I was of course interested in what kind of networks existed and what kind of societies are formed through networking. But at the same time, and more importantly, I was looking for concepts that could explain why networks exist in the first place, and why and under what circumstances do individuals enter into social relationships. In the process, 20 years ago, I came across the word “connectivity” through Professor Teruo Sekimoto’s concept of a two-way relationship, as indicated in Professor Miura’s diagram. Since then, I have been using “connectivity” more and more in place of “networks”. What connectivity means to me is the abstract relationship itself.
Just now, as we were discussing this, a word popped into my head that might express the idea better than “connectivity”. The Japanese word “en (縁) [fate / karma / serendipity / encounter / connection]”. Because the word “en” includes a sense of uncertainty not expressed by “connectivity”. You can’t analyze en. If we take “en” to be an event we’d call an “encounter”, then I think you could analyze that. But, that’s the “en” that brought about the “encounter”, not the “en” itself, which probably couldn’t be subjected to analysis. At best, we might be able to do a probabilistic analysis. But that would require knowledge – gained through experience – to determine the chance of that “encounter.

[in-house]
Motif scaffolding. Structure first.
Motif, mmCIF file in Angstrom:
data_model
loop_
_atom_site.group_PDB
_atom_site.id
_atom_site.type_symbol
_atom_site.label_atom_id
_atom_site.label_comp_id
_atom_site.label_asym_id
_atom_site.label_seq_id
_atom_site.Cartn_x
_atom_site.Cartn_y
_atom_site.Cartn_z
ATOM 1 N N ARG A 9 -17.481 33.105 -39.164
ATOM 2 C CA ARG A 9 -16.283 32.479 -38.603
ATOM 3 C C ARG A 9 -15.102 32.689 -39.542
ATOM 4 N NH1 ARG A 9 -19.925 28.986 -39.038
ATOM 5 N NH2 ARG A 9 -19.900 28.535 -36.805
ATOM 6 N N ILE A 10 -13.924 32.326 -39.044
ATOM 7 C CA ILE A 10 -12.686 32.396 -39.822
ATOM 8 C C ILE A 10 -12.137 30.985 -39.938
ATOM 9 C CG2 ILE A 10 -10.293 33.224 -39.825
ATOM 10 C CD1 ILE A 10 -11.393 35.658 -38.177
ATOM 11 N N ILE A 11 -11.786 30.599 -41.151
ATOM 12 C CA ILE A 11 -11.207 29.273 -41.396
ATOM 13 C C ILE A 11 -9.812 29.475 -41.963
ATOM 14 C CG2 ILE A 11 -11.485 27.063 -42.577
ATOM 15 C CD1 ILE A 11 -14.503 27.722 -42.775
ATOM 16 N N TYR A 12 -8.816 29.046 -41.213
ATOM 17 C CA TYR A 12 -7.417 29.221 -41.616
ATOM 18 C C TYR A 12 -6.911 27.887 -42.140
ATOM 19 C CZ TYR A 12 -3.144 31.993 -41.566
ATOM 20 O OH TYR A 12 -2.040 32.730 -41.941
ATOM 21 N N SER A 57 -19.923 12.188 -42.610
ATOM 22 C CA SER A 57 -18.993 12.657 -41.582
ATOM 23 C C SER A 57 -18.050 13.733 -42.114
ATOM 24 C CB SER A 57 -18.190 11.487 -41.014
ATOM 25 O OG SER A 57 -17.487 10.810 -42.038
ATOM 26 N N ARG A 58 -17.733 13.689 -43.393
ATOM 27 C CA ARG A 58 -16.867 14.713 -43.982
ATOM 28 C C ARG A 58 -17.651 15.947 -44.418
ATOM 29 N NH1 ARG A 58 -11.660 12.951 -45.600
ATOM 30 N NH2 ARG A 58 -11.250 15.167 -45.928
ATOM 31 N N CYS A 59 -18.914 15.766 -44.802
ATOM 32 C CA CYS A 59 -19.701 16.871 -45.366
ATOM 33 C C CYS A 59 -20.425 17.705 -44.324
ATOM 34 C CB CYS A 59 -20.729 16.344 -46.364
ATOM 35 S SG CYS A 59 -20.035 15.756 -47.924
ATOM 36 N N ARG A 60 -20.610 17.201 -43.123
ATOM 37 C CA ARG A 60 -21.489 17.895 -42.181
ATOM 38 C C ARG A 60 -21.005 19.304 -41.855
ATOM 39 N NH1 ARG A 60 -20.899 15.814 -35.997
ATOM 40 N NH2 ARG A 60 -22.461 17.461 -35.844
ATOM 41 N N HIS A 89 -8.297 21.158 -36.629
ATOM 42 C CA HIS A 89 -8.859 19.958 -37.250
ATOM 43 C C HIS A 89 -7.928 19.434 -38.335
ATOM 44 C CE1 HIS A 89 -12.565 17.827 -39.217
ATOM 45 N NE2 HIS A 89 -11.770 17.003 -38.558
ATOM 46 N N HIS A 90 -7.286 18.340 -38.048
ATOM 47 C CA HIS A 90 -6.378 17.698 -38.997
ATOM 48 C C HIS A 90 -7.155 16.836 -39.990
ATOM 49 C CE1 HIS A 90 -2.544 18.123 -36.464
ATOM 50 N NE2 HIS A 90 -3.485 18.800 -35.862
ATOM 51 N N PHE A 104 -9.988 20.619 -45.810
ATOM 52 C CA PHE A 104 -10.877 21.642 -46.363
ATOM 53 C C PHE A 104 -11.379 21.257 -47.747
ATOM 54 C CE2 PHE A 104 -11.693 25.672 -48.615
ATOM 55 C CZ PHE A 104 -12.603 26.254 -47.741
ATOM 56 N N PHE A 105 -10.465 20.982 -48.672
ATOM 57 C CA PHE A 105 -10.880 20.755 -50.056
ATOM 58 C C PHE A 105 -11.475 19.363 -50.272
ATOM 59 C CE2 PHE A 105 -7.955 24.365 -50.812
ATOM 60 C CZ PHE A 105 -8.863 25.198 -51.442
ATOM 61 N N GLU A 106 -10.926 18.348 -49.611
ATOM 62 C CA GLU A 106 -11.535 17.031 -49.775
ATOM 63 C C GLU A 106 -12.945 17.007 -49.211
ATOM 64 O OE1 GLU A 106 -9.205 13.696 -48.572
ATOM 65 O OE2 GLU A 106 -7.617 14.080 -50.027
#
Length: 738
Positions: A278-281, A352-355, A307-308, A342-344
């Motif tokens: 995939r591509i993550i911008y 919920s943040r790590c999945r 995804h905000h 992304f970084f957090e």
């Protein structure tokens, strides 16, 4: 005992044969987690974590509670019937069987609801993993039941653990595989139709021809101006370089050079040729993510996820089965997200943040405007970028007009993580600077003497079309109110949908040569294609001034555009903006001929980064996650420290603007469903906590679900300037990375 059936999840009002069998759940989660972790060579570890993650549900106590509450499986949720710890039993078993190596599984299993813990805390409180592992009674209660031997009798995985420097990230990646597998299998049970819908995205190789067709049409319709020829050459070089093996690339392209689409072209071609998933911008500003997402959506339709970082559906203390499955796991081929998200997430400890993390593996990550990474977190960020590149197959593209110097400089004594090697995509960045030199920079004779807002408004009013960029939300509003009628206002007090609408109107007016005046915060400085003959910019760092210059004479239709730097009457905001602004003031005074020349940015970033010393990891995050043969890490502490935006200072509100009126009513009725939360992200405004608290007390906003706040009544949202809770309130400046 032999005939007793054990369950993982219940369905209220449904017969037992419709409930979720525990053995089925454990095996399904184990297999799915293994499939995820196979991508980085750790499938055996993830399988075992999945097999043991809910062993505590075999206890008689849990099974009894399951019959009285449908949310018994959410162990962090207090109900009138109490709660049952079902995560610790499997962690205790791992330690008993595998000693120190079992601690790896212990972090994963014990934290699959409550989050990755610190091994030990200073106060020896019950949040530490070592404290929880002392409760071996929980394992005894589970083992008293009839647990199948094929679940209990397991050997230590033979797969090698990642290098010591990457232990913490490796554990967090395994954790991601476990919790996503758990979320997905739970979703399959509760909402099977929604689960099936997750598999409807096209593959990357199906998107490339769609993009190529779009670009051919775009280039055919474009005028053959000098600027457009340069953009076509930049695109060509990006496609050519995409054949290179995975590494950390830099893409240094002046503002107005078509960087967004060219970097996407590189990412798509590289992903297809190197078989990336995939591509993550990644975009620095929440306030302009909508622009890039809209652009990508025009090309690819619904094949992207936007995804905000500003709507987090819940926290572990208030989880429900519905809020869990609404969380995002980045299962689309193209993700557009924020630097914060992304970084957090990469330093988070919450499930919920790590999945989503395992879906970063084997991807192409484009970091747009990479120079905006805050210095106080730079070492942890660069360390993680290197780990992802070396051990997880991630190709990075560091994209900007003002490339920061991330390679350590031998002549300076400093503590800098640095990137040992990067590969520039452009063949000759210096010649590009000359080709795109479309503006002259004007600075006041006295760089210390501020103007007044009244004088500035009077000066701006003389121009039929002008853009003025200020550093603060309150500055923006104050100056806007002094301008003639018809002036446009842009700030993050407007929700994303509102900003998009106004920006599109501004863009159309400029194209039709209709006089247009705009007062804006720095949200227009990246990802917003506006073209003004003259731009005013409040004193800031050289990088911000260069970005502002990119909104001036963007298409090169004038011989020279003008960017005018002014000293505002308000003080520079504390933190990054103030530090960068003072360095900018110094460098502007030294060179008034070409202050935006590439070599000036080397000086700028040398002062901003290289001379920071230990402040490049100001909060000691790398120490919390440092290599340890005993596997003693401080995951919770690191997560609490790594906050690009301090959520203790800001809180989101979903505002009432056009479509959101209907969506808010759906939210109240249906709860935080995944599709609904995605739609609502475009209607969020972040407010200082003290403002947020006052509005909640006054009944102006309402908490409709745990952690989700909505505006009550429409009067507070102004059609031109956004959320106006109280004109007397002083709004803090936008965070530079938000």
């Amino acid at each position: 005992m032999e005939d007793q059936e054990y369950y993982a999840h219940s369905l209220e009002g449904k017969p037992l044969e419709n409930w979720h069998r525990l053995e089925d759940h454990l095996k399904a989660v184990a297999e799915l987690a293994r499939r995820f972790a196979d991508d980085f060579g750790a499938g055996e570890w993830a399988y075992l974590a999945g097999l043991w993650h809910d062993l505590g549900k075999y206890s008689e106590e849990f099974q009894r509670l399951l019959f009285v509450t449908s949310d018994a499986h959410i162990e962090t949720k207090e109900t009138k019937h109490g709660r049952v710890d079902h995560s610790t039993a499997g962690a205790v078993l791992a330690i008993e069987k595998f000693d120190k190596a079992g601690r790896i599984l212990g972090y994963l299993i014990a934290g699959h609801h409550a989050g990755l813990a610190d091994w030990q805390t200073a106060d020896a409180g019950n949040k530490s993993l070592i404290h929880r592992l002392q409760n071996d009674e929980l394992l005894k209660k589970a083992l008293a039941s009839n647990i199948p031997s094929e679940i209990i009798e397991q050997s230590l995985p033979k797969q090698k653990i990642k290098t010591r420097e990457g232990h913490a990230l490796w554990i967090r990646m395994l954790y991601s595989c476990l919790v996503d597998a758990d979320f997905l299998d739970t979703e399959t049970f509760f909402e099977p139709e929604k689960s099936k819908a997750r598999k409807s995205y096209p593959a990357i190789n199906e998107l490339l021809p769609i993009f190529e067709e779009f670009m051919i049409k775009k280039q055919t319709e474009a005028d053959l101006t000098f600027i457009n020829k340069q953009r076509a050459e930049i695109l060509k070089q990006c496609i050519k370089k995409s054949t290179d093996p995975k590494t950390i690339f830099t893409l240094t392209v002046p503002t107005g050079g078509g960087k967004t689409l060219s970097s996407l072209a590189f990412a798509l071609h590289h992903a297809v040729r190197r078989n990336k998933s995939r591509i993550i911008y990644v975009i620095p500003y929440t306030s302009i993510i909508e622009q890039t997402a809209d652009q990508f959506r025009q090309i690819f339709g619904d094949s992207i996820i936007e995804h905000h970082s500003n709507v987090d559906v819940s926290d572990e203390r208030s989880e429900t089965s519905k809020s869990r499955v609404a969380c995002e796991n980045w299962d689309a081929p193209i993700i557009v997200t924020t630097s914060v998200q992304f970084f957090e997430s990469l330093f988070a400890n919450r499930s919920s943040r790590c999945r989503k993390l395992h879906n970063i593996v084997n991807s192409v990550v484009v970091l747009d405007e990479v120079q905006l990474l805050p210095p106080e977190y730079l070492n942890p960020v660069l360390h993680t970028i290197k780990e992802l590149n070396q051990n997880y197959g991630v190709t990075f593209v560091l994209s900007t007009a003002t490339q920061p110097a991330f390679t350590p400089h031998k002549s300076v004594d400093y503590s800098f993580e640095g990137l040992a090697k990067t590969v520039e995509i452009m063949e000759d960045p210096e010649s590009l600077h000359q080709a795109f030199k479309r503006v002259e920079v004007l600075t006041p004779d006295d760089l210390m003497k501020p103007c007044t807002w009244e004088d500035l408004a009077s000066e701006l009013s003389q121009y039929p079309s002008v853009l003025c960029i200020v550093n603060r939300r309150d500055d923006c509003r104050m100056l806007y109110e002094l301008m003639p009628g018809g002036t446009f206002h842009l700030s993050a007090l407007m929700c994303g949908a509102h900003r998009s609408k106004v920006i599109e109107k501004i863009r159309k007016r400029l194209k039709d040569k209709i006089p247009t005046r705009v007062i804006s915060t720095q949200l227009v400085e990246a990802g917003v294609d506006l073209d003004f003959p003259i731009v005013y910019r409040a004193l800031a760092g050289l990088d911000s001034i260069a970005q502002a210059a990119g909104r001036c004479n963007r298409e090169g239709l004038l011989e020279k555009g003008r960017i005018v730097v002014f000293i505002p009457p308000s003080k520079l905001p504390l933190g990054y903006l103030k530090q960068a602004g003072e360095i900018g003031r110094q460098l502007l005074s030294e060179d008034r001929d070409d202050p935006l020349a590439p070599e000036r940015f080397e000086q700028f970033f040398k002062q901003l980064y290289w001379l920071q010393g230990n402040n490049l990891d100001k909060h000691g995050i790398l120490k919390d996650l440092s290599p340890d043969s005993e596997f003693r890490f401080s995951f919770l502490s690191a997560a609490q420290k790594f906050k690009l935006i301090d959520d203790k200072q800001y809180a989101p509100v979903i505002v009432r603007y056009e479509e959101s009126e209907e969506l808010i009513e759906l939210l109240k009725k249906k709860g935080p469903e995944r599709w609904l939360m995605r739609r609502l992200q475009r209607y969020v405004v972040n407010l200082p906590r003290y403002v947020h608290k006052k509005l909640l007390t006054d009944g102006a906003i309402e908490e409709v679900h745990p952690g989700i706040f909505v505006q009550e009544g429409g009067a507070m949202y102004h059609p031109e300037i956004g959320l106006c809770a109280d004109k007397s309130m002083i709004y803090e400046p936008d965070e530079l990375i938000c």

Kuroki: I appreciate what you just said, Professor Kato, about the difficulty of analyzing connectivity, or “en”. It’s just that when you say “en”, that feels passive, like it’s a given thing. If someone said, “there was no en involved”, then would we have to accept that the outcome was predetermined. Connectivity, on the other hand, conveys a sense of agency, of actively trying to establish a relationship. When we set out to create a relationship, we create opportunities, we negotiate, and we strategize when the relationship starts moving in different directions. So, it would certainly be difficult to analyze all that as data. But if a network can be analyzed, shouldn’t it be possible to draw conclusions about the nature of its connectivity by tracing out how each of its nodes is connected?